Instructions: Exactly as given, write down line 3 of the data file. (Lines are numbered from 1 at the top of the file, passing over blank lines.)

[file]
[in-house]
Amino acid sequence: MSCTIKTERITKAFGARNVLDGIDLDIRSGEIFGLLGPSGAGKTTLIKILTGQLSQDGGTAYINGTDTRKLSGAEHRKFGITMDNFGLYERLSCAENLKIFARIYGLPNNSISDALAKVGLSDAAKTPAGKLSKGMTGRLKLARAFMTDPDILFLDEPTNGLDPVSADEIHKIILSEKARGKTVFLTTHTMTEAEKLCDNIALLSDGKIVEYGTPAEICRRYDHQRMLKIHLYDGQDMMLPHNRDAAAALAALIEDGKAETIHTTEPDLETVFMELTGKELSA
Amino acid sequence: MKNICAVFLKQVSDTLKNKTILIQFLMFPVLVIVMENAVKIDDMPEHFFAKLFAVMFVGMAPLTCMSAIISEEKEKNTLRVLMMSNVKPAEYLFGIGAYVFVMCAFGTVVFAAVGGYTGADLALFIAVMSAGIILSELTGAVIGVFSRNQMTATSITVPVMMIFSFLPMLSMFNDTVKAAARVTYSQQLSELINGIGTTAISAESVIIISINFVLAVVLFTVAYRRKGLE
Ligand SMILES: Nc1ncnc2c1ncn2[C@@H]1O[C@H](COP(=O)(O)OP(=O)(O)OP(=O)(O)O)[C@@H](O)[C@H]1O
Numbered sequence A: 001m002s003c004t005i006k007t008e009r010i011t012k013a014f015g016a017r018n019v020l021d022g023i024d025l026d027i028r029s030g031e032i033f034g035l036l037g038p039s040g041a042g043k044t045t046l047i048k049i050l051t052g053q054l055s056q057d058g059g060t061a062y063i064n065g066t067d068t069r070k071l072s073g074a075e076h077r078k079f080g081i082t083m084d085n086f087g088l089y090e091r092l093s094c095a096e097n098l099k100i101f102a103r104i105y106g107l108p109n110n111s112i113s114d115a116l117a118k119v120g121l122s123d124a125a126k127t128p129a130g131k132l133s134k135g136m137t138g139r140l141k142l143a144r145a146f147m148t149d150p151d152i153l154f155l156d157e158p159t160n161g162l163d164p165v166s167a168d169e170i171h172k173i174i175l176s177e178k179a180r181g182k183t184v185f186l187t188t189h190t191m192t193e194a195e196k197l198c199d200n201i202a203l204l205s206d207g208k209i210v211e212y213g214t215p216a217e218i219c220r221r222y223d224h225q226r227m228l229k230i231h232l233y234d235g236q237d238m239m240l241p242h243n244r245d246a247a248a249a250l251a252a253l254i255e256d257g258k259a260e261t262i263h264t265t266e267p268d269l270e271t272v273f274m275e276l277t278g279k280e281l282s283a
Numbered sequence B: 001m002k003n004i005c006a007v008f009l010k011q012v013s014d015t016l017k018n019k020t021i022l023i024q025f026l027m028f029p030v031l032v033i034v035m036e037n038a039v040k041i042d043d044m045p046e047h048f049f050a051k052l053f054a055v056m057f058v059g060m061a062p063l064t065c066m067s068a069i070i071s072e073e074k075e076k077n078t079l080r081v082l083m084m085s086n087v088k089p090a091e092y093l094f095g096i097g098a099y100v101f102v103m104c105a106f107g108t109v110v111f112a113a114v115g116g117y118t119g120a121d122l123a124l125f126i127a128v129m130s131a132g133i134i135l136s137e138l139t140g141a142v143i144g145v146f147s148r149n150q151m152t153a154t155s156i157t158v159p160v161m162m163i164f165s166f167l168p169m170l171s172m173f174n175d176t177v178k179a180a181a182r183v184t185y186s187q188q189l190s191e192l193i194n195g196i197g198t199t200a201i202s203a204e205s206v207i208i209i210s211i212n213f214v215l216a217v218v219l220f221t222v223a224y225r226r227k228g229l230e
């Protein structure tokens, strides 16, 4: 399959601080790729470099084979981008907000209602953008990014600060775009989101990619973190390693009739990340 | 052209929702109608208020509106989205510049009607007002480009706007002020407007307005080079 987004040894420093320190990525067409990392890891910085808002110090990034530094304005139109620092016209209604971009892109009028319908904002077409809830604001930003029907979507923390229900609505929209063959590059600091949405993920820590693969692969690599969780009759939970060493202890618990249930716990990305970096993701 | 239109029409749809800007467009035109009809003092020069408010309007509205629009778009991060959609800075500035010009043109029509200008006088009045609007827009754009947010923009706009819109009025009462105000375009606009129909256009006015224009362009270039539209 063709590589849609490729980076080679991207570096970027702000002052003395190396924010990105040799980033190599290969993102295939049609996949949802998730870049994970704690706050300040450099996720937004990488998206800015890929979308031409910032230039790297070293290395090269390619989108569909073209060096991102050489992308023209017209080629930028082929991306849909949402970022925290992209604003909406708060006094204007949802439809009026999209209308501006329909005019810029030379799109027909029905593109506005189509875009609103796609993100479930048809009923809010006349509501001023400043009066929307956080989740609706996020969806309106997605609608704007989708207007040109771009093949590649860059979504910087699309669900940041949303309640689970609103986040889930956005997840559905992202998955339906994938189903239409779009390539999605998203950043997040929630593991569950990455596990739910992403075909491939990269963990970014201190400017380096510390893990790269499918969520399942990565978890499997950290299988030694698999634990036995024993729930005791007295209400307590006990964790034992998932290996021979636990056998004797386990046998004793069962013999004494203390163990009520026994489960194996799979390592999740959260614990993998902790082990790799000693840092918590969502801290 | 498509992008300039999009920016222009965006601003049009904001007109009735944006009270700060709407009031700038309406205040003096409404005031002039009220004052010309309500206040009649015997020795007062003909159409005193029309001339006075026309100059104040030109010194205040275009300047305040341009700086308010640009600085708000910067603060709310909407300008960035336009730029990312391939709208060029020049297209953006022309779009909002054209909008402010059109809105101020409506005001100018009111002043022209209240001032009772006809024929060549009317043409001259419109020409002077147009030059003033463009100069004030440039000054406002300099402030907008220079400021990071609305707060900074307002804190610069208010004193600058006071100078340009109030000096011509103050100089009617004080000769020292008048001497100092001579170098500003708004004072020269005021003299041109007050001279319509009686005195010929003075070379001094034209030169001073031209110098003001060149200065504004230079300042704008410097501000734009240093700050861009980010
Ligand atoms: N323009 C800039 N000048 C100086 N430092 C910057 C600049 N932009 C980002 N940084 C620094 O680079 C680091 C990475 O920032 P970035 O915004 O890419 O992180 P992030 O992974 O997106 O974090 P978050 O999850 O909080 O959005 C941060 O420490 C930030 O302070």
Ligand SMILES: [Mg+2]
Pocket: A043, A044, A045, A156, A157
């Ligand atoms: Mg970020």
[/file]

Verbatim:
Amino acid sequence: MKNICAVFLKQVSDTLKNKTILIQFLMFPVLVIVMENAVKIDDMPEHFFAKLFAVMFVGMAPLTCMSAIISEEKEKNTLRVLMMSNVKPAEYLFGIGAYVFVMCAFGTVVFAAVGGYTGADLALFIAVMSAGIILSELTGAVIGVFSRNQMTATSITVPVMMIFSFLPMLSMFNDTVKAAARVTYSQQLSELINGIGTTAISAESVIIISINFVLAVVLFTVAYRRKGLE